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Svartr á Hofstöðum (Svart)

volume 8; ed. Kari Ellen Gade;

VIII. Skaufhala bálkr (Skauf) - 42

Svartr (desyllabified Svartur) á Hofstöðum (Svart) is named in a first-person epilogue to Skaufhala bálkrBálkr about Tassel-tail’ (Svart Skauf 42/4) but his identity is uncertain. The internal evidence of the language and metre of Skauf, together with circumstantial evidence and an evaluation of the sources, point to Svartr Þorleifsson (d. 1392) from Hofstaðir, Reykhólar, Þorskafjörður, north-western Iceland, as the most likely candidate, though two other members of his family were also named Svartr and associated with Hofstaðir and there are two further traditions about authorship (see Introduction to Skauf). Very little is known about Svartr’s life. He appears to have been severely wounded during a fight at the alþingi in 1361, and the year before he died (1391) he went to Norway (see Storm 1888, 367, 407, 420). He apparently had two sons, Páll and Gísli (Jón Þorkelsson 1888, 222).

Skaufhala bálkr — Svart SkaufVIII

Kari Ellen Gade 2017, ‘ Svartr á Hofstöðum, Skaufhala bálkr’ in Margaret Clunies Ross (ed.), Poetry in fornaldarsögur. Skaldic Poetry of the Scandinavian Middle Ages 8. Turnhout: Brepols, p. 948. <> (accessed 21 September 2021)

stanzas:  1   2   3   4   5   6   7   8   9   10   11   12   13   14   15   16   17   18   19   20   21   22   23   24   25   26   27   28   29   30   31   32   33   34   35   36   37   38   39   40   41   42 

SkP info: VIII, 965

old edition introduction edition manuscripts transcriptions concordance search files

16 — Svart Skauf 16VIII

edition interactive full text transcriptions old edition references concordance


Cite as: Kari Ellen Gade (ed.) 2017, ‘Svartr á Hofstöðum, Skaufhala bálkr 16’ in Margaret Clunies Ross (ed.), Poetry in fornaldarsögur. Skaldic Poetry of the Scandinavian Middle Ages 8. Turnhout: Brepols, p. 965.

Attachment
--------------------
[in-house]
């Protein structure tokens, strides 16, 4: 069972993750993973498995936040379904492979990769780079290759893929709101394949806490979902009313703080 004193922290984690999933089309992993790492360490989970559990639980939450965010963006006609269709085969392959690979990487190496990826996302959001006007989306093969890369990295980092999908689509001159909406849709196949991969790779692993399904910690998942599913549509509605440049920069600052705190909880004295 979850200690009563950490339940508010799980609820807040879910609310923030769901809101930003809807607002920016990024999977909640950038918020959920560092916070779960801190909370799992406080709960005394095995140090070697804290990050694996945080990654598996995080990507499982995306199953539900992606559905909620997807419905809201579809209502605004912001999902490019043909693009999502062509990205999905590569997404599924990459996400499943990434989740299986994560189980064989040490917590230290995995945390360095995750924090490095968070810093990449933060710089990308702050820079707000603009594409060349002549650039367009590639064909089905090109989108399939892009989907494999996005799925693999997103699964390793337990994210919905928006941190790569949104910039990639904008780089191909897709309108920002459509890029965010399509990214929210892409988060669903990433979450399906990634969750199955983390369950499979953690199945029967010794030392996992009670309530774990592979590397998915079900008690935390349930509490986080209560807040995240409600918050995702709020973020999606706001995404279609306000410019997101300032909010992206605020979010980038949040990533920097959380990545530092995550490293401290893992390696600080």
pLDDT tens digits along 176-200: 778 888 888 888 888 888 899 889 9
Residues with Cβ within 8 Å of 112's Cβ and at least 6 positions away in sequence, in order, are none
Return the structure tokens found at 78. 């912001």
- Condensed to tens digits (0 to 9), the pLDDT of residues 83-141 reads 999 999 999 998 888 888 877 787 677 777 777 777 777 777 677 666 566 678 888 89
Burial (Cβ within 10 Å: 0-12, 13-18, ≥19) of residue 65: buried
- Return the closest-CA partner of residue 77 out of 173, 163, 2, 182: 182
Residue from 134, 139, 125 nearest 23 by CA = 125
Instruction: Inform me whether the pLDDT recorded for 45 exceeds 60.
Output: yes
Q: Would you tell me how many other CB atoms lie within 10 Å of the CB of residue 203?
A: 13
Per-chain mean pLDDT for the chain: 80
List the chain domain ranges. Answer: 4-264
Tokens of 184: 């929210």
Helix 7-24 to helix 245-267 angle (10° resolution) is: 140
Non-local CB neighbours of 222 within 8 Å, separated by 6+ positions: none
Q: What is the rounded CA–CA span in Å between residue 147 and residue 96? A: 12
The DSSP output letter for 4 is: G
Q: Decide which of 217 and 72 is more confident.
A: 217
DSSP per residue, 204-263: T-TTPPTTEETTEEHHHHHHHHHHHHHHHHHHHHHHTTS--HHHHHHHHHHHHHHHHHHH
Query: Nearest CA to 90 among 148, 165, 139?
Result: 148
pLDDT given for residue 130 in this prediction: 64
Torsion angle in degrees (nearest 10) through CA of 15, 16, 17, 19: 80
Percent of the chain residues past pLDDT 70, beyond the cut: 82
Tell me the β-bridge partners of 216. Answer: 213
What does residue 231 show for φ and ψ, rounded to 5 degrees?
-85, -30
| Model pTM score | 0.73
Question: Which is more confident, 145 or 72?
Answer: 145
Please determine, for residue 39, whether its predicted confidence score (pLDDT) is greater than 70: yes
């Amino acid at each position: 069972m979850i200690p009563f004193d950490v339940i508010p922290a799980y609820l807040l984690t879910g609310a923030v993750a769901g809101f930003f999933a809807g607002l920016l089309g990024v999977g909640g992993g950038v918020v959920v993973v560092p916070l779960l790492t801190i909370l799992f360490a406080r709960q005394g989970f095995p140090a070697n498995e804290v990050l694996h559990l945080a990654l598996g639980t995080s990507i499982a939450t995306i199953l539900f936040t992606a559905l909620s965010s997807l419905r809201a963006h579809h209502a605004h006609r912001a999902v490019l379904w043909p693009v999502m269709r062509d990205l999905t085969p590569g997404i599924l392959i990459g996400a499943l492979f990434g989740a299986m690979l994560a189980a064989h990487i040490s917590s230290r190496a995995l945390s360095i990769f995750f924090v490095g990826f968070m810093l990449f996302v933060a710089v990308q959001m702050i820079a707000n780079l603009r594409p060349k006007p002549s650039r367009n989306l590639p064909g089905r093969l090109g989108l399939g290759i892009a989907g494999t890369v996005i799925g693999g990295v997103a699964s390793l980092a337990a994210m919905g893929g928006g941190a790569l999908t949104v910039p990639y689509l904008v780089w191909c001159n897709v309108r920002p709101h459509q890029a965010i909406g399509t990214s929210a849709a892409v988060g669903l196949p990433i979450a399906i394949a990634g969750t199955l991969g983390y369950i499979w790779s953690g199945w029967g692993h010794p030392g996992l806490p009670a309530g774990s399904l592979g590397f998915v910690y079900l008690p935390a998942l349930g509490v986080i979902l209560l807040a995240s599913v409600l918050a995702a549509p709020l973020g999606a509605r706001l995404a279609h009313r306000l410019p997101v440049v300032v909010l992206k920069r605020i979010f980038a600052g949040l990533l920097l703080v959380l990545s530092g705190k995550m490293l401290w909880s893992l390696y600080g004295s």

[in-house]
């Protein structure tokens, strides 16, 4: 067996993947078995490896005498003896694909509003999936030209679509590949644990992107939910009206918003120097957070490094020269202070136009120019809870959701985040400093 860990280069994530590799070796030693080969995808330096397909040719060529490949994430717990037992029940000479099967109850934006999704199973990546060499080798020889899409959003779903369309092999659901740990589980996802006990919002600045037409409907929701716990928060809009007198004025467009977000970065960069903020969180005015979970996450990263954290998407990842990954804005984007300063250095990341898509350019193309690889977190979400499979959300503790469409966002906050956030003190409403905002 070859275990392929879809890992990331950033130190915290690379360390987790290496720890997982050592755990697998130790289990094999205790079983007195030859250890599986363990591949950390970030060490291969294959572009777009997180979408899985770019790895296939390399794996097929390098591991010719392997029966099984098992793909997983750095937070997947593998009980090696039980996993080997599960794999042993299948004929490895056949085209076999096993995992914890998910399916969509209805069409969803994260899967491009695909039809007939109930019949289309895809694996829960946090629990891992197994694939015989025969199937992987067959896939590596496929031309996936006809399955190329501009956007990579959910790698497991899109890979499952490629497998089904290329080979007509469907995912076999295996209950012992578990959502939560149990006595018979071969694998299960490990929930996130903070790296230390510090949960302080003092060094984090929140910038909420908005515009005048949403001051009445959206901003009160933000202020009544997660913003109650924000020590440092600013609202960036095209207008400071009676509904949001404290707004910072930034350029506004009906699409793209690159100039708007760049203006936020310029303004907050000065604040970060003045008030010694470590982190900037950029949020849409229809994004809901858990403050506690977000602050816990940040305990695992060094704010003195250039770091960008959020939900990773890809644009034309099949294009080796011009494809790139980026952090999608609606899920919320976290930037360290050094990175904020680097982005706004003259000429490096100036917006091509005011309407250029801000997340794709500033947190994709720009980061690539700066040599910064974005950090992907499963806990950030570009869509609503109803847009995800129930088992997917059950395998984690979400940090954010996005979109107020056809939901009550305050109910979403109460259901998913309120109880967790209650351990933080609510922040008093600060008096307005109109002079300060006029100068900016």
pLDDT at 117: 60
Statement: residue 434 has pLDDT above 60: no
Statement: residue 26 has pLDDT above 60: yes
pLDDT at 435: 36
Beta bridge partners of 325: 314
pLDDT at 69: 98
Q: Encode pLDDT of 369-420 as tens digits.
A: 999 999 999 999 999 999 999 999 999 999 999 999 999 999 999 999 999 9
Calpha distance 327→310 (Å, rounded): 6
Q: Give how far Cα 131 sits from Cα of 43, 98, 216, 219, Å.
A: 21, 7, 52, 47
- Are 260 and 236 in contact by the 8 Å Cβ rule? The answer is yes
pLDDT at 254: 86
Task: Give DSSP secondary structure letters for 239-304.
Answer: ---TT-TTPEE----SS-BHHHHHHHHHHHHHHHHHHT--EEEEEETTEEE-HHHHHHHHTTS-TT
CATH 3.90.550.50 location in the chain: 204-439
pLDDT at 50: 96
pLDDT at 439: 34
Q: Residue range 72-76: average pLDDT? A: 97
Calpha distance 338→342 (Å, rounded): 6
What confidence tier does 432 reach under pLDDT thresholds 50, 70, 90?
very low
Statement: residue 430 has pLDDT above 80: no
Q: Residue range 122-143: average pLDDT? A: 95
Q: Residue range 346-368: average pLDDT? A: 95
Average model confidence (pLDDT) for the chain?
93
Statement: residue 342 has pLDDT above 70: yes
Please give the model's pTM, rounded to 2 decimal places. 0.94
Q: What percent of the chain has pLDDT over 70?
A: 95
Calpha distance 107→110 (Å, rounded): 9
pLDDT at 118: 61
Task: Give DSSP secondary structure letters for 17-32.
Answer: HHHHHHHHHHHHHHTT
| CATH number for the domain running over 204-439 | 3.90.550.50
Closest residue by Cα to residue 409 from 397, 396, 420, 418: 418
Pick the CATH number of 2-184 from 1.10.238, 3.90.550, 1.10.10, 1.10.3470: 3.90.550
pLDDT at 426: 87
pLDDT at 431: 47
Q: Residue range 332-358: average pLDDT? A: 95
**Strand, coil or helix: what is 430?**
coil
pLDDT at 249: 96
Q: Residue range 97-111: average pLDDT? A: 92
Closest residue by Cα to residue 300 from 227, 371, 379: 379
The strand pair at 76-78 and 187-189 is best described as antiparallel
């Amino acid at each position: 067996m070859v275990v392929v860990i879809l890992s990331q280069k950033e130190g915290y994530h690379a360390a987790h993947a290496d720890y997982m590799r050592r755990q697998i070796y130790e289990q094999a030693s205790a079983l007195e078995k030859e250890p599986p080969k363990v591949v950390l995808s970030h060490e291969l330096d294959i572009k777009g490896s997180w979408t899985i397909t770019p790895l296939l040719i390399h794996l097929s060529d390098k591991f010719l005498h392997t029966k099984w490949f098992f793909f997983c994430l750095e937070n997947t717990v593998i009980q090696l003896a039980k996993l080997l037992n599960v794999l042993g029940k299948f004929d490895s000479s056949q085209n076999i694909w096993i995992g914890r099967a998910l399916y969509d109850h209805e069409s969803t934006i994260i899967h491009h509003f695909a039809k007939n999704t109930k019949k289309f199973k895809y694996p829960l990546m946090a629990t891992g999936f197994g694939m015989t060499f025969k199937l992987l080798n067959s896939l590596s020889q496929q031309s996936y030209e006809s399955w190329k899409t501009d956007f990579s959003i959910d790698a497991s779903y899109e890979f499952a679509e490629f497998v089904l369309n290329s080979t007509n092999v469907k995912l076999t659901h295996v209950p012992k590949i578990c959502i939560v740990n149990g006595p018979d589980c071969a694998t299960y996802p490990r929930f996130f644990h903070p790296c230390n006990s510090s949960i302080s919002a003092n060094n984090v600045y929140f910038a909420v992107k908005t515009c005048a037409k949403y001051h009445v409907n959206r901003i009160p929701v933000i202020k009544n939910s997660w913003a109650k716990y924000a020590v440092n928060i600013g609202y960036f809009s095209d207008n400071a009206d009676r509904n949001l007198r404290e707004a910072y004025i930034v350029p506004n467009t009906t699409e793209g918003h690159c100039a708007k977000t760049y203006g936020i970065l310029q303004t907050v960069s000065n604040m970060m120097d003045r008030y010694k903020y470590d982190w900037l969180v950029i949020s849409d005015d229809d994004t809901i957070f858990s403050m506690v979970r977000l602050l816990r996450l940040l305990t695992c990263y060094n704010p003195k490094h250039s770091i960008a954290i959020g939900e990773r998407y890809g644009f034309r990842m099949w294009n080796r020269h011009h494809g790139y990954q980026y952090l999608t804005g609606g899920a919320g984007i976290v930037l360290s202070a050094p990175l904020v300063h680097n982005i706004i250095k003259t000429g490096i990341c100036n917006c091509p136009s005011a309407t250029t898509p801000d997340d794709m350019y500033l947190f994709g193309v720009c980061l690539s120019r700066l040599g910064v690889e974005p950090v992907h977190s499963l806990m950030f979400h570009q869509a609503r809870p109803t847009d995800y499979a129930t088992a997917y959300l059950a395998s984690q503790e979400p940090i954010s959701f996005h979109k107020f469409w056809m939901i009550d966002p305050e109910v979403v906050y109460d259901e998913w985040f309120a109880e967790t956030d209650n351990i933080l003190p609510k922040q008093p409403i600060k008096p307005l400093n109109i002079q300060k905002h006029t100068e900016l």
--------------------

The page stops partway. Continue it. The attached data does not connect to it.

Það var geldingr         gambrliga stórr
grákollóttur         gamall að aldri.
Vendir skolli         víst að hónum
og með tönnum         tók í lagða.

Það var gambrliga stórr geldingr, grákollóttur, gamall að aldri. Skolli vendir víst að hónum og tók í lagða með tönnum.

That was a braggingly big castrated ram, grey, without horns, old in age. The fox indeed turns at him and grabbed the woolly tufts with his teeth.

Mss: 603, Rask87ˣ(113r-v)

Readings: [2] stórr: stór Rask87ˣ    [5] Vendir: ‘Wendar’ Rask87ˣ    [8] tók í lagða: tók hann í lagðinn Rask87ˣ

Editions: Kölbing 1876, 243, Jón Þorkelsson 1888, 231, CPB II, 383, Jón Þorkelsson 1922-7, 156, Páll Eggert Ólason 1947, 61-2.

Notes: [2] gambrliga ‘braggingly’: CPB II, 610 glosses this as ‘wantonly’ (i.e. ‘recklessly, wilfully’). The adv. gambrliga is formed from the weak verb gambra ‘brag’. It does not otherwise occur in Old Norse poetry. — [2] stórr (m. nom. sg.) ‘big’: CPB, Jón Þorkelsson (1888; 1922-7) and Páll Eggert Ólason (1947) all have stór (so Rask87ˣ), but this is a later form (see Bandle 1956, 98 for shortening of consonants clusters in final position after a long vowel; see also Konráð Gíslason 1895-7, II, 169-70). — [3] grákollóttur ‘grey, without horns’: Earlier eds omit the excrescent [u] in ‑kollóttur, which makes the line hypometrical. See Note to st. 13/5. — [8] tók í lagða ‘grabbed the woolly tufts’: Tók hann í lagðinn ‘he grabbed the woolly tuft’ (Rask87ˣ) is also possible, but the pl. lagða ‘woolly tufts’ is a more plausible reading.

Runic data from Samnordisk runtextdatabas, Uppsala universitet, unless otherwise stated